Poetry and Christmas seem to mix well; the midwinter period of the shortest, darkest day seems to lend itself to thoughtful reading and response. Obviously the Christian faith makes a point of the twenty fifth of December as the point of one of the earliest mysteries in the form of the birth of Christ, but there are other festivals of light and hope that attempt to transform the shortest day and the turn of the year. The poet, Orna Ross, in this slim volume has attempted to capture some of the mystery of this time, the rejoicing and the new beginning.
This has taken the form of twelve poems that establish both the mystery and the humanity of this annual period in a new way. From the viewpoints of birth, human, flora and fauna, this book gives new perspectives on the time of year. This means that even if you mark Christmas, Chinese Dongzhi, Jewish Hanukkah, Hindi Makaraa Sankranti or Irish Mean Geimhridh, you will find something special in this book. I am pleased to have had the opportunity to read and review this book.
There are four sections to this book: Rebirth, Renew, Reconnect and Rejoice. The first poem, “Soaring”, looks at how a Christmas angel can soar from the mundane world. “The Next Birth” celebrates how the individual lives of a family meld together. The growth of a tree from the earth becomes symbolic of other meaning of birth. “Mid – Winter Benediction” has the form of a song of blessing, like “Bless the air on hands and face, and sun on winter’s say. Bless trees that broke the gnaw of wind, and heralded the way”. The Irish creation myth provides the inspiration for “Oran Mor”, “The great song”, in all its beauty. The final poem “Christmas Rain” contrasts the natural rainfall, “the illuminating rain” with crowds and celebrating Christmas in today’s world.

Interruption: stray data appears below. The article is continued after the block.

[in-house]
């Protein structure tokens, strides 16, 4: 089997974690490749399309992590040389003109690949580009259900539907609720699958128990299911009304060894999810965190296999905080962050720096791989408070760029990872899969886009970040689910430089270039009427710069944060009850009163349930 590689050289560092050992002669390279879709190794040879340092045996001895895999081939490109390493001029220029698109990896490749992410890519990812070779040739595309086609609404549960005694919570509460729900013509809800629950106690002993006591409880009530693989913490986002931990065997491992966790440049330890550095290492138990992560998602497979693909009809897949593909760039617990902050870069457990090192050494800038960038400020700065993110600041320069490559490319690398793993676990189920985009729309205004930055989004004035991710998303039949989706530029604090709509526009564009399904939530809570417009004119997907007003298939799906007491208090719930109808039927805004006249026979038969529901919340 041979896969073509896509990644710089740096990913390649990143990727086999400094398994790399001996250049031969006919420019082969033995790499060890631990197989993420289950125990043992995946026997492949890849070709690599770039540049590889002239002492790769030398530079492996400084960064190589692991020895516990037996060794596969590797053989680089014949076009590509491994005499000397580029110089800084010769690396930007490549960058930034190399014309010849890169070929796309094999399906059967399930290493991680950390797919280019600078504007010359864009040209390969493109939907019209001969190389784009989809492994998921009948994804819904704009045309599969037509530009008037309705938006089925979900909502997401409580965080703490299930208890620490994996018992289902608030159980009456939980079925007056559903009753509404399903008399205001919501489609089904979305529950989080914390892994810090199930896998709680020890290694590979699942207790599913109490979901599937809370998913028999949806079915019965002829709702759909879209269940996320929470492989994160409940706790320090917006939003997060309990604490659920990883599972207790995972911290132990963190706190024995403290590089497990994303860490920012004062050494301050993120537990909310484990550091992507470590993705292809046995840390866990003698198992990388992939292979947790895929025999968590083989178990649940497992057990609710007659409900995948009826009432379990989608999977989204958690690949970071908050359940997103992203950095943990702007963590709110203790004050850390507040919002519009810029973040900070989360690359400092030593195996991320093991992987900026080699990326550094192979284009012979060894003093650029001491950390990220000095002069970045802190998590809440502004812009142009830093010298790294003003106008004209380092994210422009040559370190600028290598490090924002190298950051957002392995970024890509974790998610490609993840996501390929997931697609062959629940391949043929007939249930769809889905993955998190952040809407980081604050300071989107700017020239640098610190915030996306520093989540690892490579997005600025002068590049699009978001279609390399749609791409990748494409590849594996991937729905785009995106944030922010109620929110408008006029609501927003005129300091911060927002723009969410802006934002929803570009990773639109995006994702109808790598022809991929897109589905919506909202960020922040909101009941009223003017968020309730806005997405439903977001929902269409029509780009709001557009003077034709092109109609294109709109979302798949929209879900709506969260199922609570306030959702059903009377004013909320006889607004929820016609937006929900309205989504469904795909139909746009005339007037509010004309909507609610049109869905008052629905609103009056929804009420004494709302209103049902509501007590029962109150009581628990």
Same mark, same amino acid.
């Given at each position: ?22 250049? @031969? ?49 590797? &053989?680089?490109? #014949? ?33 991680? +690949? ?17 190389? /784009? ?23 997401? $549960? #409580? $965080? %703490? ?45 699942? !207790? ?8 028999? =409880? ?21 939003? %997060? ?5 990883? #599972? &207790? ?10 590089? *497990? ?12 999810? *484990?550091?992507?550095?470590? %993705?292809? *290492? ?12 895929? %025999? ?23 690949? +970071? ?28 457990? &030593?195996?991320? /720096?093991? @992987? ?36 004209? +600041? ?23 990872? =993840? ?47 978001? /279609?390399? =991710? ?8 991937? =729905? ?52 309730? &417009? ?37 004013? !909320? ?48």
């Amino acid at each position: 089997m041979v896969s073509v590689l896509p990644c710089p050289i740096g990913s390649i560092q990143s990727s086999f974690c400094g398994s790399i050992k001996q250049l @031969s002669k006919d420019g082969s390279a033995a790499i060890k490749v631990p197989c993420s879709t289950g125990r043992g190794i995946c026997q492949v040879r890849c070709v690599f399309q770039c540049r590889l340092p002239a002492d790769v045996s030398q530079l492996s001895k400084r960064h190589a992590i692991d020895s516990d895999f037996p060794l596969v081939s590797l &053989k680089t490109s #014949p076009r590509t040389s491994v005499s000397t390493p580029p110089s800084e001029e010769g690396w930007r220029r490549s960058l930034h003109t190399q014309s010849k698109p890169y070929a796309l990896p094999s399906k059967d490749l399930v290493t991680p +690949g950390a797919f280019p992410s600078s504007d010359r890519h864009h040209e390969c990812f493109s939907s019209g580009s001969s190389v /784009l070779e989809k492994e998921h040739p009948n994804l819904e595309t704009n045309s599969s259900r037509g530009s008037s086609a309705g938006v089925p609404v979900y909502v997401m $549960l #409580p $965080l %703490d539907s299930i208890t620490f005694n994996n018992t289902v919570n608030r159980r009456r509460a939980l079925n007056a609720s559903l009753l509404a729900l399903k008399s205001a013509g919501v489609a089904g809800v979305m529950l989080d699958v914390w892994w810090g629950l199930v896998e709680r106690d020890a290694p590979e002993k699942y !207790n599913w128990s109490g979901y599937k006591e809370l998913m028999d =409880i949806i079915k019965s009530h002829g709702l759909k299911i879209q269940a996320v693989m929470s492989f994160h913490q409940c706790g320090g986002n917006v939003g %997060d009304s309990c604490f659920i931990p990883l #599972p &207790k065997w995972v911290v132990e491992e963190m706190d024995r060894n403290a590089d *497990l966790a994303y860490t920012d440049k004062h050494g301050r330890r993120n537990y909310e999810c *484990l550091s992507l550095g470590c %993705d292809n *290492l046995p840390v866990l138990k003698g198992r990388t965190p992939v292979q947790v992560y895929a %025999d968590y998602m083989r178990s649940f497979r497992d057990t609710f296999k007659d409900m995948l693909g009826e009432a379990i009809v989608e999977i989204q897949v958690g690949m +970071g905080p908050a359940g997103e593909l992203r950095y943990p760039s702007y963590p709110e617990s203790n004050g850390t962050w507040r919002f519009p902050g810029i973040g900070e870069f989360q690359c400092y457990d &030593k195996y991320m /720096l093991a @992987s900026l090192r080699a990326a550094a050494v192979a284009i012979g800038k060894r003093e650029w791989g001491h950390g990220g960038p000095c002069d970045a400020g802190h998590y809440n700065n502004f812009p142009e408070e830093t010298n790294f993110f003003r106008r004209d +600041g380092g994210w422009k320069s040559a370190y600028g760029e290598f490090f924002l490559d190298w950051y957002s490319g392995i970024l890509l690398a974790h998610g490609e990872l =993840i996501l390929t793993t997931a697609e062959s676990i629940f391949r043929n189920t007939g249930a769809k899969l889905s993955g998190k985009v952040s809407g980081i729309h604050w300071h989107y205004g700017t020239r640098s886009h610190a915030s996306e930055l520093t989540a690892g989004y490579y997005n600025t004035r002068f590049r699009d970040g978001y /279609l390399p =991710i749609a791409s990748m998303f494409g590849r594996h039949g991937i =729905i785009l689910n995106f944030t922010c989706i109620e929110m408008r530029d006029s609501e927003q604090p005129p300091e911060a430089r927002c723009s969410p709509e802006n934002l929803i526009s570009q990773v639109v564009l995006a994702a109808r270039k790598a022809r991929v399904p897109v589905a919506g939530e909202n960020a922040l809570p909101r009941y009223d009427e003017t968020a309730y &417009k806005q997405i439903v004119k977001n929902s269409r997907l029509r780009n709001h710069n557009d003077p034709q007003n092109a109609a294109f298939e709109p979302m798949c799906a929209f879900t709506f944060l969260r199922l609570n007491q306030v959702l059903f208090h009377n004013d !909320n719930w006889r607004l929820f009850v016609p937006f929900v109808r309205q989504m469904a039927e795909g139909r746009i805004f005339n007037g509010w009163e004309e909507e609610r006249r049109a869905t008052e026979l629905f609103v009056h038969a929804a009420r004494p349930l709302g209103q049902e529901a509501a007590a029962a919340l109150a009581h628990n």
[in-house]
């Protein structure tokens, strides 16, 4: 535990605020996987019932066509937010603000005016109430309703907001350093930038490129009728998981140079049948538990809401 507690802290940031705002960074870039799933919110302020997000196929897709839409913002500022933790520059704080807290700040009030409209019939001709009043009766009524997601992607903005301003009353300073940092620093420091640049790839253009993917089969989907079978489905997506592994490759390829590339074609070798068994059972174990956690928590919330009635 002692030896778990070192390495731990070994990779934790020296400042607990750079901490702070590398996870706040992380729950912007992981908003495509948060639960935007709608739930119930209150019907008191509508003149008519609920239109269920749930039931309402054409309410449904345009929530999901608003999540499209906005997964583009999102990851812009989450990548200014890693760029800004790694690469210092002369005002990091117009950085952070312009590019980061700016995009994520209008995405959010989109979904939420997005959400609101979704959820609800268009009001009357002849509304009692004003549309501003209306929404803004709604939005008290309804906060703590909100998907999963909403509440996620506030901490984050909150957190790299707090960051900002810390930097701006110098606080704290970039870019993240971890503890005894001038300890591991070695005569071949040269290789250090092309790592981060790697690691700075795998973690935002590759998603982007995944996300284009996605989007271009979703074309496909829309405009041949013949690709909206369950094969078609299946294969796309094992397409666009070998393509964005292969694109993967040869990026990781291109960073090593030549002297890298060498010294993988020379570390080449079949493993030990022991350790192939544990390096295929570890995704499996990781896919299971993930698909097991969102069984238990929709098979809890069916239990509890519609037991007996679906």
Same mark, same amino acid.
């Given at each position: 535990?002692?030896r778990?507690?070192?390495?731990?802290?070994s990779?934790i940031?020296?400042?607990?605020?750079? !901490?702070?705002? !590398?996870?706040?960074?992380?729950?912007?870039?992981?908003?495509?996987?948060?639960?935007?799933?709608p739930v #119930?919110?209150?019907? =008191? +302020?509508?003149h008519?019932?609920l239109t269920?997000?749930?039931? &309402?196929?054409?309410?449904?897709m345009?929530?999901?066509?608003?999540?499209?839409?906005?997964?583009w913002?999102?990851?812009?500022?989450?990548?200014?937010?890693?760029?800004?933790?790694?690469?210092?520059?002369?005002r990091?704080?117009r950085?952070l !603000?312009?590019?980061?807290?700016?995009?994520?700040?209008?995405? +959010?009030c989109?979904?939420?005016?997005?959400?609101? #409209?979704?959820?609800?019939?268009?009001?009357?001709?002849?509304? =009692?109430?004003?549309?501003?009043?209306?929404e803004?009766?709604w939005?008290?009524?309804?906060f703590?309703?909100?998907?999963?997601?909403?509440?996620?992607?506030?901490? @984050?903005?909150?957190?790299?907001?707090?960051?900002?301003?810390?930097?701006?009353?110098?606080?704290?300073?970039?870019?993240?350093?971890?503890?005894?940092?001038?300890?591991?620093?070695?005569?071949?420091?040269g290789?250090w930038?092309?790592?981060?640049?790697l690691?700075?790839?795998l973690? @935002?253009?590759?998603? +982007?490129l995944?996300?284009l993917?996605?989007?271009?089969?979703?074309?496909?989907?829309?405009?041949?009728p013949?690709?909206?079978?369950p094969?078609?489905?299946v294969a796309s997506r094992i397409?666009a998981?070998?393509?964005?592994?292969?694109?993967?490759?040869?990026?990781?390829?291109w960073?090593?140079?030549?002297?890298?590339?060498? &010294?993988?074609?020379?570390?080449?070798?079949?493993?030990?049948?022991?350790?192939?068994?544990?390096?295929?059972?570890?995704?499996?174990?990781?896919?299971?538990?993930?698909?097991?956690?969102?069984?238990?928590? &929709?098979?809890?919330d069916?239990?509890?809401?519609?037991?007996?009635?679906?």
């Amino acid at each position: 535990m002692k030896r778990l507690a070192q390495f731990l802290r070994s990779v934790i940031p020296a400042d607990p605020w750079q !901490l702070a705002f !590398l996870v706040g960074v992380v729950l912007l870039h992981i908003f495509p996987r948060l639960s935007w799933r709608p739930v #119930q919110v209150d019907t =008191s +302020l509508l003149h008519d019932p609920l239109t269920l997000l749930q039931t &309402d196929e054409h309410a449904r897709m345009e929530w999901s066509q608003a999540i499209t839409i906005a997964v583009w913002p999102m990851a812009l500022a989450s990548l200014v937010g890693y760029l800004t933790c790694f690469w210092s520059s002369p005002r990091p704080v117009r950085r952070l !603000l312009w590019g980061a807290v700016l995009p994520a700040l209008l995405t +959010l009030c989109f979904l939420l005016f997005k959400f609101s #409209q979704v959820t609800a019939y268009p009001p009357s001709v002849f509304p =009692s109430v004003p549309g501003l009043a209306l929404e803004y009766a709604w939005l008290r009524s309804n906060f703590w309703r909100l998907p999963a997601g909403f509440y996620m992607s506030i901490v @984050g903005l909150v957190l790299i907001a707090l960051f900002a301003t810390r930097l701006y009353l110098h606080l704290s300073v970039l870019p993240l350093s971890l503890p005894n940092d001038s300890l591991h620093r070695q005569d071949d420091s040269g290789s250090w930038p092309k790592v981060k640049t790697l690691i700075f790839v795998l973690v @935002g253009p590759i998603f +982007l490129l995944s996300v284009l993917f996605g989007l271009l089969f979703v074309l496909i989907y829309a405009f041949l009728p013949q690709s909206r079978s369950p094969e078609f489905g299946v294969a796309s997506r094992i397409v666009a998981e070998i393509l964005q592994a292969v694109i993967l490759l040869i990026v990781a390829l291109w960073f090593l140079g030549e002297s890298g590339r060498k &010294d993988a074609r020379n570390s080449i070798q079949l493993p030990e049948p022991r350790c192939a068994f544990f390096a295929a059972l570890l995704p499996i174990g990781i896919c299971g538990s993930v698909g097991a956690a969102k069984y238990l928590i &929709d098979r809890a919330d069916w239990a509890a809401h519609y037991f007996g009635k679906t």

This book is full of tender and special words for the time of year, images of life, love and nature. Twelve poems sounds a small number, but there is a huge variety of rhythm and rhyme, imagery and ideas. It is a small book of big ideas, and is a tremendous success as a book of poetry for Christmas and other beginnings.